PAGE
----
Halloween and blackface

Halloween is a time of joy and good cheer, where we can dress up with our friends and show off our creativity. Although, many costumes are fun and humorous, there are some costume options from which we should steer clear.

Roots African Caribbean Society would like to affirm its stand against costumes that encourage and perpetuate stereotypes or commemorate grim and grievous events in history.

Among these costumes lies the example of Blackfacing—the act of painting one’s face brown or black with the purpose to depict a black person or person of colour.

Those who are unfamiliar with the history of blackface and/or not negatively impacted by acts of racism may think that this shows dedication to the costume, but to all people of African descent, this is a crude reminder of the oppression and turmoil through which our ancestors lived.

“Blackface” was made famous by Jim Crow in the Minstrel show where the goal was to demean and dissociate black people from the “superior white races.”

In these shows, we were shown to be lazy, mumbling, uneducated people with exaggerated features such as extremely large lips achieved by applying extensive amounts of lipstick on and around the lips.

The Brock students who dressed in blackface last year; Photo Courtesy of: www.stcatharinesstandard.ca

The Brock students who dressed in blackface last year;
Photo Courtesy of: www.stcatharinesstandard.ca

Though white people passed off blackface and racist tropes as comedy, the stereotypes being presented had serious negative impacts on people of colour. This led to what we recall as the dreadful era of segregation where bathrooms and buses along with almost every other public place were attributed “whites only” or “coloured”.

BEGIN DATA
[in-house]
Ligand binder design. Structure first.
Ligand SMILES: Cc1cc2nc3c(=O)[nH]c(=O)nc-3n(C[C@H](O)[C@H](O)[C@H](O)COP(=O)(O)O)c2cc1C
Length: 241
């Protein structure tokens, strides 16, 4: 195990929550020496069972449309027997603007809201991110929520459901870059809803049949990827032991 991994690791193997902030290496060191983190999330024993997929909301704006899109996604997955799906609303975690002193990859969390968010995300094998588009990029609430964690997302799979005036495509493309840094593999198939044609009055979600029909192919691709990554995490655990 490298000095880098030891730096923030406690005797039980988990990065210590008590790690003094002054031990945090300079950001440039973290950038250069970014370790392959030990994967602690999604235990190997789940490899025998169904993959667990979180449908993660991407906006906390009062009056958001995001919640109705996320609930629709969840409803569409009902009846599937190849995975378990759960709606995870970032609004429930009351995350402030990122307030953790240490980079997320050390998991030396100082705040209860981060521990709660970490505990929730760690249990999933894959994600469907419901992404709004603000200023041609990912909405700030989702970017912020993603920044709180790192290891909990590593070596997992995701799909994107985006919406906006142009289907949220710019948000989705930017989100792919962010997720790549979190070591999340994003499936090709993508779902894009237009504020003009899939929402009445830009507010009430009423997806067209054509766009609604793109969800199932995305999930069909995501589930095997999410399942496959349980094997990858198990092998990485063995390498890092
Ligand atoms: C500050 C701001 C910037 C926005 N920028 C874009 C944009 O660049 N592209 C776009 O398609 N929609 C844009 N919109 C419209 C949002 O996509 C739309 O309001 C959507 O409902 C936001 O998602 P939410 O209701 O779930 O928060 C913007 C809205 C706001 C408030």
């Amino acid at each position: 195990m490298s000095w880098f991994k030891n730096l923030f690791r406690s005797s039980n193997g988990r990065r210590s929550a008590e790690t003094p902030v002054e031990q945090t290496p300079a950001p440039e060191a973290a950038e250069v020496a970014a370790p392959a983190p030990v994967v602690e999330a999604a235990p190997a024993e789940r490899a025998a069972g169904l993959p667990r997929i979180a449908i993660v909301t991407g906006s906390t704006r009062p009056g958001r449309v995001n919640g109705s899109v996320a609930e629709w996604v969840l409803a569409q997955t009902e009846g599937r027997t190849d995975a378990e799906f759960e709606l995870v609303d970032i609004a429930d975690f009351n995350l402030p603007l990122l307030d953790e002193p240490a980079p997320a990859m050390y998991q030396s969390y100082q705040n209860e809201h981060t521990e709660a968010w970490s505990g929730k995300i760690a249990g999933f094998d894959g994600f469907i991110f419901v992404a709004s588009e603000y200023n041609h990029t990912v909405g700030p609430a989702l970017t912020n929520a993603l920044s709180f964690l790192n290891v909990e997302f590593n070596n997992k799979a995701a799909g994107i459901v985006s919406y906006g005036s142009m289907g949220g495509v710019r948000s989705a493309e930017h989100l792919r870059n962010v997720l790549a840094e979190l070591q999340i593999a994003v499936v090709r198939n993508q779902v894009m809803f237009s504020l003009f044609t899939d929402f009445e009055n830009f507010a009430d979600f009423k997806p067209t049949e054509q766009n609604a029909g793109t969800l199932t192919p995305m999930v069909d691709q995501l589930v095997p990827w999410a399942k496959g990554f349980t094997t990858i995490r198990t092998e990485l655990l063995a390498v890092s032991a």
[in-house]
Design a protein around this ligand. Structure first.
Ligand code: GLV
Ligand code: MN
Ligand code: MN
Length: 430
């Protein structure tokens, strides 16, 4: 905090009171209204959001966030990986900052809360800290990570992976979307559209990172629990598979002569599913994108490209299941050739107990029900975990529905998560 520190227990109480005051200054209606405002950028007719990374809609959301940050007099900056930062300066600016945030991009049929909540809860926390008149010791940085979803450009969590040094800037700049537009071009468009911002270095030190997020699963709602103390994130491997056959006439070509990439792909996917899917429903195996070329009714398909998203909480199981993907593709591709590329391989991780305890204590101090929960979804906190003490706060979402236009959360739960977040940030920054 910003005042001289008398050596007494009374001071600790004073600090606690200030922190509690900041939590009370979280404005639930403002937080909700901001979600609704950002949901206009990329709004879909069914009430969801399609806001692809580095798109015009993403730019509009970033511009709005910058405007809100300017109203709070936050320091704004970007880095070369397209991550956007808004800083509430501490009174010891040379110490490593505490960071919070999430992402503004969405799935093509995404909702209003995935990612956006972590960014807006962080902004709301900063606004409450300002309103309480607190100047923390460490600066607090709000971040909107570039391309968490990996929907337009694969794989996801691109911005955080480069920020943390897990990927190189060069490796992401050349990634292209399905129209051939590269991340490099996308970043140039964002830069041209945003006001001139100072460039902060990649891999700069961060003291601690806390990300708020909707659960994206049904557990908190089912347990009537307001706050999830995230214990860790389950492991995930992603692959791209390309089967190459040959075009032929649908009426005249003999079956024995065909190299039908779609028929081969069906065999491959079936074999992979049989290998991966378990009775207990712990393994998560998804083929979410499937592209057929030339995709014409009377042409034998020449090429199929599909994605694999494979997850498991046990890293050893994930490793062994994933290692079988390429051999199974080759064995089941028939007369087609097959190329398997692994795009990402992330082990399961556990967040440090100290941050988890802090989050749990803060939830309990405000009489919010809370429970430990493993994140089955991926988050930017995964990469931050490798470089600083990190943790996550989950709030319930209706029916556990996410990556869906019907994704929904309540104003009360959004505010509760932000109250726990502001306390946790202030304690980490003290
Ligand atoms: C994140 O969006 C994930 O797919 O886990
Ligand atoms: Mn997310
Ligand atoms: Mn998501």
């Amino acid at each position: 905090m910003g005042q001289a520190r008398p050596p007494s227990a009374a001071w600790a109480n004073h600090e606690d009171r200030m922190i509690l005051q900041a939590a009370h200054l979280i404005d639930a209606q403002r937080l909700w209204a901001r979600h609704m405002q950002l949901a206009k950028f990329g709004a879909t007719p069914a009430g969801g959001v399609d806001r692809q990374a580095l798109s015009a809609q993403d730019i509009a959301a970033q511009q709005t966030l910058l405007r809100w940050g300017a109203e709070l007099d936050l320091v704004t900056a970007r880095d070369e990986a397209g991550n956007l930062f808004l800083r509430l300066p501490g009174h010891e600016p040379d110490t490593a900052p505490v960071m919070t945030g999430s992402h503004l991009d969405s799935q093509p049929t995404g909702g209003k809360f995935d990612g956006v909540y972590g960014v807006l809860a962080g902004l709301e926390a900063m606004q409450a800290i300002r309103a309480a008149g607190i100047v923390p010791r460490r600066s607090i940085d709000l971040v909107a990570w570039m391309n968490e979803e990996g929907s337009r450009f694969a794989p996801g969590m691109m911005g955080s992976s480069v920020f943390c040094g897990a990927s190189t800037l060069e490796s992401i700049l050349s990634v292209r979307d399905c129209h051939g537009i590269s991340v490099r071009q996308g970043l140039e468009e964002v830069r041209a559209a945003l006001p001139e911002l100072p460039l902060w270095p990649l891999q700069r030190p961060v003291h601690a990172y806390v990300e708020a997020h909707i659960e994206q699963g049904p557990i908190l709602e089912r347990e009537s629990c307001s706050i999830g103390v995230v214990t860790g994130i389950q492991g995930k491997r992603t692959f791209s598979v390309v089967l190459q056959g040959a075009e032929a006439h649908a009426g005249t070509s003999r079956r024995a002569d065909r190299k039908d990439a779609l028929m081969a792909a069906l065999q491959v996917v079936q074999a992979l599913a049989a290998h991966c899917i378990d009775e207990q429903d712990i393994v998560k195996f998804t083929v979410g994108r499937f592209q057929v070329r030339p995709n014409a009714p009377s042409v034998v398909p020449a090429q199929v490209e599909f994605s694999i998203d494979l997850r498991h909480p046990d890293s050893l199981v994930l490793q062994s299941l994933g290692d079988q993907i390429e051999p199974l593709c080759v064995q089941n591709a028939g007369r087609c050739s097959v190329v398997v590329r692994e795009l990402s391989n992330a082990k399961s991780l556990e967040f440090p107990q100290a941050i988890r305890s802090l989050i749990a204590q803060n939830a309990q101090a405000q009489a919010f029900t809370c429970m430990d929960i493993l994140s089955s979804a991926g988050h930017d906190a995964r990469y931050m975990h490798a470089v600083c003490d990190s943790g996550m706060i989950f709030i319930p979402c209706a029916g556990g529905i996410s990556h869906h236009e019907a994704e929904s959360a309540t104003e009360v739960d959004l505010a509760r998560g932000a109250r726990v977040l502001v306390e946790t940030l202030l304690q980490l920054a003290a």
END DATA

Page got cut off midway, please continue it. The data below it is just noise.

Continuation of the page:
When white people dressed in blackface during minstrel shows, the motivation behind it was to create humour at the expense of black people.

While the intent to dress in blackface today might be to entertain, such an act continues to perpetuates racist stereotypes and uphold racism. “Blackfacing” is wrong because it perpetuates stereotypes that lead to prejudice and racism.

An example of a prevailing, racial stereotype is to automatically associate and limit black identities to be someone who is an athlete or a rapper merely because they are black.

These costumes do not depict the everyday behaviour of the members of Roots, but rather leads the public to believe that the behaviour, skillset or career path of a miniscule percentile of the population is the norm.

By no means is this acceptable. We are urging everyone as they prepare for their Halloween outings and festivities this year, to say “No to black facing and cultural appropriation.”

Roots African Caribbean Society.

-Tolubi Bamigbade

Pin It

Leave a Reply

Your email address will not be published. Required fields are marked *

* Copy This Password *

* Type Or Paste Password Here *

You may use these HTML tags and attributes: <a href="" title=""> <abbr title=""> <acronym title=""> <b> <blockquote cite=""> <cite> <code> <del datetime=""> <em> <i> <q cite=""> <strike> <strong>